Modena, Italy – Italian finishes brand Laminam produces 70 ceramic slab finishes in nine series that have been inspired by marble, stone and wood, for use as a second skin for floors, inside and out, or for countertops, backsplashes and door and cabinet cladding.
At this year's Salone del Mobile, Laminam debuted the elegantly coarse and delicately veined Pietra Piasentina Taupe by way of inaugurating the brand's newest ceramic slab collection and, significantly, its proprietary and pioneering IN-SIDE technology.
IN-SIDE slabs combine a mixture of natural raw materials with variable grain sizes, resulting in a textural, blended material that is typical of natural stone. In fact, the continuity of the material through-and-through makes the collection an important new tool in the hands of interior designers: even after being cut, drilled and chamfered during production, the body and surface of the slab still share the same appearance.
Developed by an in-house Laminam team, the brand's latest technology can be used not just to produce ceramic finishes for architecture (coverings, floors, indoor and outdoor), but as an alternative to more costly marble, quartz and other stones or stone products in interiors and as furnishings for the kitchen, including countertops, tables and cooking surfaces. IN-SIDE products are even durable enough to be used outdoors.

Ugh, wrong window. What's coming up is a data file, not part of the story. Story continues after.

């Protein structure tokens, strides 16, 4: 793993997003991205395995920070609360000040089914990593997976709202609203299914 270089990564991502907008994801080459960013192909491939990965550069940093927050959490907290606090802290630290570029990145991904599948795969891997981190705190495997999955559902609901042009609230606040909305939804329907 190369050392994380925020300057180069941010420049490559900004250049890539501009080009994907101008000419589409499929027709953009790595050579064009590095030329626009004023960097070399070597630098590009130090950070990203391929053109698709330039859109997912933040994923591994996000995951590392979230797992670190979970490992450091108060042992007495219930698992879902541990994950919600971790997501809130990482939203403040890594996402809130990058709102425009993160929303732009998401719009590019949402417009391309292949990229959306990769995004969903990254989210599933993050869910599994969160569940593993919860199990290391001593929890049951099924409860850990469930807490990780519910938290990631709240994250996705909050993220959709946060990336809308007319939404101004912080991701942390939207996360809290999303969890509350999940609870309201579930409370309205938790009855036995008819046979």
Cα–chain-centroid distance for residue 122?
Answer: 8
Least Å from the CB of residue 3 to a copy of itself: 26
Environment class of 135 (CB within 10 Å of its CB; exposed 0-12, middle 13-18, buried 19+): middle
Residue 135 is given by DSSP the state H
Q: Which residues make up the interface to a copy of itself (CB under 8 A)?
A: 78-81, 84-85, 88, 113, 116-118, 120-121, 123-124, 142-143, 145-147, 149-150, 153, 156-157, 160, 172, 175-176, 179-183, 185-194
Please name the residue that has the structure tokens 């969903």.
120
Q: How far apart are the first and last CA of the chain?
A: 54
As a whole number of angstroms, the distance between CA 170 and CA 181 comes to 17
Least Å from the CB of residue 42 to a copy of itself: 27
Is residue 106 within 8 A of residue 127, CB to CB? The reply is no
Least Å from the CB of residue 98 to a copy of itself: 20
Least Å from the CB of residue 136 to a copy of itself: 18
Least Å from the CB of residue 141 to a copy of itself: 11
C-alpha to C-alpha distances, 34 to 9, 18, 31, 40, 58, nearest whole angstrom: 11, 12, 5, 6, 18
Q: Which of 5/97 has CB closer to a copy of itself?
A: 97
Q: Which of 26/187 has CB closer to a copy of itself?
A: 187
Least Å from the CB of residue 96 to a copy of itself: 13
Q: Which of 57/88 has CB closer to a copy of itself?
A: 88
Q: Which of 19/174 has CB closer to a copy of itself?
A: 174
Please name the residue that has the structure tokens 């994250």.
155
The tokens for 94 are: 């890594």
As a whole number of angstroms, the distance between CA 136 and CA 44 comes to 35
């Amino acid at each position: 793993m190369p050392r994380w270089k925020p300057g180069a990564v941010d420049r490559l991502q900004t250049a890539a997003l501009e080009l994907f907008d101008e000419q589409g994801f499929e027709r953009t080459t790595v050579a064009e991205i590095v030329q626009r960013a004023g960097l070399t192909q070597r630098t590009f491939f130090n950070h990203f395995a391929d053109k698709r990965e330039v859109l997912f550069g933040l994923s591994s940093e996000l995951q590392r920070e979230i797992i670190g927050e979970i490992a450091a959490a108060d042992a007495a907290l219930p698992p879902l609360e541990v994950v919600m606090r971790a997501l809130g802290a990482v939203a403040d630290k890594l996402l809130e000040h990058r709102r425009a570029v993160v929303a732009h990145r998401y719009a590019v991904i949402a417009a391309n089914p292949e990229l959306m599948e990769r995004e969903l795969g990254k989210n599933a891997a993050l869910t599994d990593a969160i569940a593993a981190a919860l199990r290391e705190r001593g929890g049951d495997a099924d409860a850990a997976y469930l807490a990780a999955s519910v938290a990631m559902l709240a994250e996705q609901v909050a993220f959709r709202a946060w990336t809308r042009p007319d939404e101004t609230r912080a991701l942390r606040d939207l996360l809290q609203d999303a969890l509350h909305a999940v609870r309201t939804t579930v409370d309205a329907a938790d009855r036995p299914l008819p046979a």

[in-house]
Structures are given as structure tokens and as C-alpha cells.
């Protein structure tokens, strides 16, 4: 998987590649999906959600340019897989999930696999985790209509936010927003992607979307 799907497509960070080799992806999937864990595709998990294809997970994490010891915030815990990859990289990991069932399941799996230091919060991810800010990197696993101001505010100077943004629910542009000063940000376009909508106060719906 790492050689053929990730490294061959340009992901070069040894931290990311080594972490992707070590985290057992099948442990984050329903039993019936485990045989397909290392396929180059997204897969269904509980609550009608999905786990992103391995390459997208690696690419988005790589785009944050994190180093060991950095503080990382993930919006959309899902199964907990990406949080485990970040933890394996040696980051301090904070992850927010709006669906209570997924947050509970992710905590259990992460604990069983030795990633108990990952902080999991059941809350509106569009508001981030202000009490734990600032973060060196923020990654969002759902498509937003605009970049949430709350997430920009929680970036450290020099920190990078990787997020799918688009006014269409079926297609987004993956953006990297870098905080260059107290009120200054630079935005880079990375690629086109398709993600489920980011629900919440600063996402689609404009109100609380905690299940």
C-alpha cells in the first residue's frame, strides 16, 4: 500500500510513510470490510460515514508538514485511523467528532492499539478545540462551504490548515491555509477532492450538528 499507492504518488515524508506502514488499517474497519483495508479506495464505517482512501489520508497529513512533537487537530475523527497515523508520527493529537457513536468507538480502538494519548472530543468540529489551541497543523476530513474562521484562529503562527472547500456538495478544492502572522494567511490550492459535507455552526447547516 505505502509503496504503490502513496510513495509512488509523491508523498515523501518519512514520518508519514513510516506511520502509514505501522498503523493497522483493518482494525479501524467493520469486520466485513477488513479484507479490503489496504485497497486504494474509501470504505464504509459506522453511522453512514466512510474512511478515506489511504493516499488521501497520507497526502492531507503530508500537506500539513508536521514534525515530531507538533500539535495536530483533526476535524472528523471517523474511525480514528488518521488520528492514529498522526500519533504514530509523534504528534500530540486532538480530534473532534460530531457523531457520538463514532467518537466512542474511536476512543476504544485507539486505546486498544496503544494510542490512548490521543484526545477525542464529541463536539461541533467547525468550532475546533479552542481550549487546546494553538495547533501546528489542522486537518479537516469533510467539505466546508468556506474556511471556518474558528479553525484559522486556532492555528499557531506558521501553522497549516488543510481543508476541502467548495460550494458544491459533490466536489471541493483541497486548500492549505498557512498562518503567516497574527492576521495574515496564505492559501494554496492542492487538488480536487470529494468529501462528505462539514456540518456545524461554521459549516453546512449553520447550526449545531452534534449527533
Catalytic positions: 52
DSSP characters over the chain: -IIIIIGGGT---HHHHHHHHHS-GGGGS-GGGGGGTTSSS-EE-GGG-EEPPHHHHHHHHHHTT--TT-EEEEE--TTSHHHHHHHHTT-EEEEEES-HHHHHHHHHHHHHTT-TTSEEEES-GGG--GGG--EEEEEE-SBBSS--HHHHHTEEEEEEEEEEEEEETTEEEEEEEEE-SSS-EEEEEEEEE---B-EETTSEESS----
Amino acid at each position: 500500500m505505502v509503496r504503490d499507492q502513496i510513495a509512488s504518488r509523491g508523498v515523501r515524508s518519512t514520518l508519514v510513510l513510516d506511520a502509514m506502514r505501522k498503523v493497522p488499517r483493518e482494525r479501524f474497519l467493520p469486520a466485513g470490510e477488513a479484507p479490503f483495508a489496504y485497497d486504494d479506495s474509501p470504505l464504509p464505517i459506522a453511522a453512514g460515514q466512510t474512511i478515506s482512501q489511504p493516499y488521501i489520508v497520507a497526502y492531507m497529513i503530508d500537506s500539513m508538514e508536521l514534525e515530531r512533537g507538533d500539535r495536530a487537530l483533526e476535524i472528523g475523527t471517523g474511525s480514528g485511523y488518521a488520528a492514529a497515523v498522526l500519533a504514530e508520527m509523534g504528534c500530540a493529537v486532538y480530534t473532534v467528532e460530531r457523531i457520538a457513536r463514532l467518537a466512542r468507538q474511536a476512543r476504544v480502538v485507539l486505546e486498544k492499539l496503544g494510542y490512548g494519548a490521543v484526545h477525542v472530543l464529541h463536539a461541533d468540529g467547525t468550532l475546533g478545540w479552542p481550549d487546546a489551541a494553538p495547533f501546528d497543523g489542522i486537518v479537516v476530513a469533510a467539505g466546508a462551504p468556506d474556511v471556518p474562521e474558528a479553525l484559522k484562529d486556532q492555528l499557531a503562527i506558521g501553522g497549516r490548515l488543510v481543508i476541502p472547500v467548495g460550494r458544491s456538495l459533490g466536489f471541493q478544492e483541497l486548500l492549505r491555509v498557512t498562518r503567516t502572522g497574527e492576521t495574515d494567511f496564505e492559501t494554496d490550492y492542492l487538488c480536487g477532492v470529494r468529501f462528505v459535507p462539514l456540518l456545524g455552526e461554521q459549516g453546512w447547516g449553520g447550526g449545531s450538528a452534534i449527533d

The collection's aesthetic virtue and versatility are accompanied by hard-wearing performance that exceeds that of other typical finish materials for horizontal surfaces. The slabs are hygienic and durable and come in dimensions that extend to 1620 mm x 3240 mm (and 5, 12 and 20 mm thickness) to give designers greater creative freedom. These larger, thicker slabs are well-suited to use not just in kitchens, for countertops, but in hospitality environments, like restaurants. But it isn't just their size that makes them so useful.
Laminam surfaces have properties that make them a smart choice for use in contact with food. As a worktop they are fire and heat-resistant. They are also difficult to stain whether you're cooking with (and spilling) oil, wine or acidic lemon.
One Laminam video makes the point without a word: In it, the viewer watches a cook prepare sea bass, using oil, lemon and a culinary torch, mixing, marinating, searing and chopping directly on a Laminam surface so perfectly white that it looks like a blank page.